Benjamin Franklin, an American Life, by Walter Isaacson.
If I find a writer whose work I like, I read all of it.
And so it has been with Walter Isaacson. He chooses great subjects and tells great stories. He treats his subjects with appropriate reverence, but acknowledges their imperfections. With each of his books I found myself engrossed and was able to plow through quickly, in spite of their volume.
The Franklin biography was the first that I read. After having read the others, I’d have to say it’s my least favorite, but it’s still very good.
A few storylines that I thought were interesting: Franklin grew up very poor, but managed to retire from active work at 42. That was older than the average life expectancy of the era, but he kept himself busy in retirement with the projects, civic and social engagements for which we know him today.
Isaacson also depicts Franklin’s temperament differently than I had expected. Many movies and stories portray Franklin as a womanizer and a bit of a drunk. Isaacson describes him as a flirt and a character, but abstemious by the standards of the era, which I think makes sense. It’s hard to imagine someone doing a fraction of what Franklin did if he were regularly incapacitated.
Einstein, His Life and Universe, by Walter Isaacson.
Three things stood out to me in this book:
First, just how extraordinary Einstein’s transition was from the being the ultimate outsider to the ultimate insider. How a man that no one bothered to acknowledge became so revered that his name is now synonymous with the concept of genius. If you know anything about Einstein, you probably know that he wrote many of his most important papers, including the one on special relativity, while working as a patent clerk. But this book details just how much he struggled to obtain recognition in his youth. Even the patent clerk job was a huge coup for Einstein. When he first graduated from the Zurich Polytechnic, for years, he couldn’t find any job. He was completely invisible.
I was also very surprised to learn the story of his first child, “Lieserl,” who probably died in infancy, whom he never saw, and whom he never publicly acknowledged. As a man who cultivated a reputation for avuncular warmth, humanity, and generosity in his later years, his treatment of his first child seems a contradiction.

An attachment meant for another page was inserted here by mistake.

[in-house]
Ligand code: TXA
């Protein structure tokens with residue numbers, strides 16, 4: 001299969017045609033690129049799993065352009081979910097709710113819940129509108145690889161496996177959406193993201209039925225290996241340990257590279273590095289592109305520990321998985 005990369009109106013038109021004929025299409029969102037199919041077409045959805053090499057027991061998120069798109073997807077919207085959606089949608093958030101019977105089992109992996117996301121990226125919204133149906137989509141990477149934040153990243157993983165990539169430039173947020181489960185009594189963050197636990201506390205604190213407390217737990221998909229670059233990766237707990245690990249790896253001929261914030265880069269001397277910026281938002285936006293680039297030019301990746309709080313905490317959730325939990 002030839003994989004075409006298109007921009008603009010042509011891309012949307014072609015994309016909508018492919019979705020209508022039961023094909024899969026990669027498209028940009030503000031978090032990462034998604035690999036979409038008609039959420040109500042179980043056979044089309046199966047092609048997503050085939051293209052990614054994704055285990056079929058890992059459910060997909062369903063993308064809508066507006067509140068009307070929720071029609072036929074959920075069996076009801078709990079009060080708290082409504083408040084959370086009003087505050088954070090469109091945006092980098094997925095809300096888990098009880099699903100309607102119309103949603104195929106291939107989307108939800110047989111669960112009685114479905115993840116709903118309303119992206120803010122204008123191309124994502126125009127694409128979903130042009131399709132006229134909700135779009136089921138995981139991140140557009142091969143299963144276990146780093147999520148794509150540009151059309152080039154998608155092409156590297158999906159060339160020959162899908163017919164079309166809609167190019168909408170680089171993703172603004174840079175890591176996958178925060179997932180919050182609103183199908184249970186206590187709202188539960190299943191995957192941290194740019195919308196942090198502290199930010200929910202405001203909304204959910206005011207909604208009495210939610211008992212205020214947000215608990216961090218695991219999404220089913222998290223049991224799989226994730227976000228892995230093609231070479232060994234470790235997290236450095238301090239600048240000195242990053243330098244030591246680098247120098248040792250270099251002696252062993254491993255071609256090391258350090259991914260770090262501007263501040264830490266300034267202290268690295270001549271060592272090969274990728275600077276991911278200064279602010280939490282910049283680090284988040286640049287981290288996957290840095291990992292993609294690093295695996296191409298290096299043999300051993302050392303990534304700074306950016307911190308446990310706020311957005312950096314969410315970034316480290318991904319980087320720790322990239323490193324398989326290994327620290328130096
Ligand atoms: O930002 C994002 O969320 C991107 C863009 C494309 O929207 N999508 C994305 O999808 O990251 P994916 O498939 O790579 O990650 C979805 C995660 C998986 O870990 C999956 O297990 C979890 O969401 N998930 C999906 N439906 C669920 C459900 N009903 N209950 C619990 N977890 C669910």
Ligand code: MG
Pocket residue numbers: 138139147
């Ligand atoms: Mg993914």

The last storyline, one that dominates the second half of the book, is Einstein’s stubborn refusal to accept quantum physics. In much the same way that Einstein’s theories on relativity created an upheaval in the dogma of Newtonian physics, so too did quantum physics create an upheaval in the dogma of many fundamental concepts of pre-quantum physics. And while Einstein developed his theories of special relativity by abandoning many concepts that were previously considered axiomatic, he was strangely dogmatic when he learned about the discoveries in the quantum revolution. And this stubborn refusal to accept these new discoveries meant that he produced few, if any, meaningful contributions to physics in the last 38 years of his life.
The Innovators: How a Group of Hackers, Geniuses, and Geeks Created the Digital Revolution, by Walter Isaacson. This is by far the best book on the history of the computer that I’ve read.
Given the role that computers and technology play in our lives, it’s shocking how little we’re taught about their history. know all about Metternich and Bismarck and Franz Ferdinand, but I had never heard the name Ada Lovelace until I read this book. And it’s a great story, one that should already be finding its way into our elementary-school curriculum, if it hasn’t already.